Monthly Archives: November 2012

#48: Switch by Carol Snow

Quick and easy premise:

Fifteen year old Claire is a girl with normal and fairly easy teenage problems.  Nate, the love of her life, sees her as a bro.  Her body, while strong from swimming, isn’t going to turn any heads.  She’s average.  Well, she would be if it wasn’t for two things: she hangs out with her dead grandmother and she sometimes switches bodies with other girls.

OK, so everything is normal and quiet about her except for that whole switching bodies.  Turns out that electricity does something to her and she wakes up as someone else.  The first time it happened was quick and weird and the result of a science experiment at school.  She tried to put it out of her mind.  But the second time she woke up in a strange body she freaked the fuck out.  Wouldn’t you?  It’s the middle of the night, there’s a crazy thunderstorm, you wonder how you got into someone else’s room and then you catch sight of yourself in the mirror and HOLY SHIT THAT ISN’T YOU!!!

Luckily she falls asleep, wakes up in her own body, and her grandmother is all “Uhm, yeah.  That’s a thing you can do now.”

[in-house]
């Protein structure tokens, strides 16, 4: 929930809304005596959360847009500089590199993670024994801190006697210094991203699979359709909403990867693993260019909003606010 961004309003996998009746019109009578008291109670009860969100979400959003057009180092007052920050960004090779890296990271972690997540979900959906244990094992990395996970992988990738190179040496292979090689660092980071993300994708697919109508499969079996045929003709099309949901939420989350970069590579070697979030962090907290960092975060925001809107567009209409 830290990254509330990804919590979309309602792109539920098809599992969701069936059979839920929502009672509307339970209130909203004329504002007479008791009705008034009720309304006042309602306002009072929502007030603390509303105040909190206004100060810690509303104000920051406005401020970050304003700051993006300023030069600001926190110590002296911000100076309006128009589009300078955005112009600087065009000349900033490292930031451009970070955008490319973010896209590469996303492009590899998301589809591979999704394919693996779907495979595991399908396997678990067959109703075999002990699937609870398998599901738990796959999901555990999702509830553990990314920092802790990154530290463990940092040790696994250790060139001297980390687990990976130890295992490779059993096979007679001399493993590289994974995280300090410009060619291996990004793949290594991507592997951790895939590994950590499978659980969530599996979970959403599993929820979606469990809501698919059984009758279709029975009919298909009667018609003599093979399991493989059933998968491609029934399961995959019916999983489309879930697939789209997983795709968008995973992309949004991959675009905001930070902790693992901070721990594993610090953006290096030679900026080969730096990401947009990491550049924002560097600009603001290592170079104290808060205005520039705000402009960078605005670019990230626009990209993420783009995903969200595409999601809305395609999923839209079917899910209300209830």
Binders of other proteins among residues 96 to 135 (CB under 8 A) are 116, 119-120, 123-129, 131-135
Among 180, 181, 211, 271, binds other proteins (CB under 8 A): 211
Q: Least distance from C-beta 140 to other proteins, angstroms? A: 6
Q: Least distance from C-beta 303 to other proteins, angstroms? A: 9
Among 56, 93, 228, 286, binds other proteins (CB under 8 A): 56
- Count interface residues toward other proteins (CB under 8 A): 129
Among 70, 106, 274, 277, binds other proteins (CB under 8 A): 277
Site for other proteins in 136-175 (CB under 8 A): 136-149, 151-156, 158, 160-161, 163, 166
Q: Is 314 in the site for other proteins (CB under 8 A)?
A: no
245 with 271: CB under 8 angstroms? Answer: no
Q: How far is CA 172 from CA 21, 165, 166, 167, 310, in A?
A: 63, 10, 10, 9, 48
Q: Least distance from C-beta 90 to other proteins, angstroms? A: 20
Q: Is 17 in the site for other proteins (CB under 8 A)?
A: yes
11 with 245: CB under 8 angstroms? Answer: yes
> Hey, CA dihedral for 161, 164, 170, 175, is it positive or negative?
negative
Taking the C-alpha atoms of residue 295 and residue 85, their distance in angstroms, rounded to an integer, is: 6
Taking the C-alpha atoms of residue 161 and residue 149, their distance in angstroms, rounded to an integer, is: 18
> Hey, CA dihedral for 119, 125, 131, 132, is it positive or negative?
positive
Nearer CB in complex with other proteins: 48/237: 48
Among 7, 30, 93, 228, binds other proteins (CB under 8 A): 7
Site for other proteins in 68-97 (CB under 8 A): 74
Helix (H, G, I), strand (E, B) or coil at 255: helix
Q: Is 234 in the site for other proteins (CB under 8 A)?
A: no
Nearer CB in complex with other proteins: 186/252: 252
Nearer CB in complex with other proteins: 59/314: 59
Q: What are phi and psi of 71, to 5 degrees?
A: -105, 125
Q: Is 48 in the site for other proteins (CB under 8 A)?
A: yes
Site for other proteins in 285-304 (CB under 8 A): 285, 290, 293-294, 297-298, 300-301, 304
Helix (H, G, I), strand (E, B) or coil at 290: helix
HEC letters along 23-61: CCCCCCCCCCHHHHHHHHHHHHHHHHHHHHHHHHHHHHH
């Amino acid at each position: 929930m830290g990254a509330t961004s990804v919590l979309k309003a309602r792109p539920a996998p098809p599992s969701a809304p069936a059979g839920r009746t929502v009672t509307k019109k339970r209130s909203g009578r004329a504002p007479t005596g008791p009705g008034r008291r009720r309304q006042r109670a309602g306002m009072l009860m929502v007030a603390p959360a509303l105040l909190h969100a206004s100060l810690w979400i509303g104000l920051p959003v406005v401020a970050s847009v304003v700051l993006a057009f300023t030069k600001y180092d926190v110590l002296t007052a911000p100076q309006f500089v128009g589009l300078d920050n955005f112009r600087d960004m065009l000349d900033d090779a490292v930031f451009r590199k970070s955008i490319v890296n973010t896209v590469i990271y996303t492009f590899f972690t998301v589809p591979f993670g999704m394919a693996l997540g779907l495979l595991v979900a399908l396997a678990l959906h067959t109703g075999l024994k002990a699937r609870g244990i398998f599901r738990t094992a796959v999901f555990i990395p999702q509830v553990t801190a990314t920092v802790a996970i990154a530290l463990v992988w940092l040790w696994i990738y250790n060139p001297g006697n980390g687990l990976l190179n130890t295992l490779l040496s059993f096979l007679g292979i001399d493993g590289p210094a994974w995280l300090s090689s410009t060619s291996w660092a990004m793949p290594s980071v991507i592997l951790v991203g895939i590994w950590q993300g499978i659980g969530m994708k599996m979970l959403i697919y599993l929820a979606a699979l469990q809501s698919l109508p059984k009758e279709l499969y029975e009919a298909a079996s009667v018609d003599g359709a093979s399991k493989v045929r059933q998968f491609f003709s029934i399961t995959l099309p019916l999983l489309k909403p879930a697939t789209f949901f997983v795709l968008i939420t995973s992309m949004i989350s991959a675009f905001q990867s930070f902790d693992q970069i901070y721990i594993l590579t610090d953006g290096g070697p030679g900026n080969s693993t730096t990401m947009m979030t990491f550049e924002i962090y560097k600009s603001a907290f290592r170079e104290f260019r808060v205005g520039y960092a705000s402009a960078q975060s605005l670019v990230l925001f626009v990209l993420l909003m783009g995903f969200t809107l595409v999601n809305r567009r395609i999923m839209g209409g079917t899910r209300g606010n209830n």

So she does it.  Grandmother Evelyn hangs out and when electricity shoots Claire into someone else, Evelyn slips into her body and holds it for her until she falls asleep and returns.  The other girl sort of hangs out, neither dead or alive, asleep or awake.  As soon as Claire falls asleep, Evelyn moves out of her body, Claire moves back in, and hover girl returns to her own body.

When the book starts, this whole thing is commonplace to Claire.  There’s been a few uncomfortable nights, but for the most part she waits for a thunderstorm to roll in, closes her eyes, wakes up in a new body, goes back to sleep and wakes up back at home.  Easy, breezy, lemon squeezy.

But then…

When Evelyn is hanging out somewhere else in the house, Claire gives herself one hell of an electrical shock.  Not expecting to be shot into a new body, she sits up in bed and tries to figure out why this happened.  Shrugging, she figures she’ll go back to sleep to reset the whole deal, but she is curious to find out whose body she’s in.

She looks into the mirror and falls in love.

She’s beautiful.  More than beautiful.  She’s perfect.  The kind of girl who looks amazing no matter what she wears.  The kind of girl who makes boys fall over themselves just to get a glimpse of her.  The kind of girl who can roll out of bed and be stunning.

The girl that Nate has been trying to meet.

Larissa.   Even her name sounds luscious.  Gorgeous Larissa, visiting the beach town where Claire lives year round.  Hating the beach town.  Scornful of the boys who think they are worthy enough to even speak to her.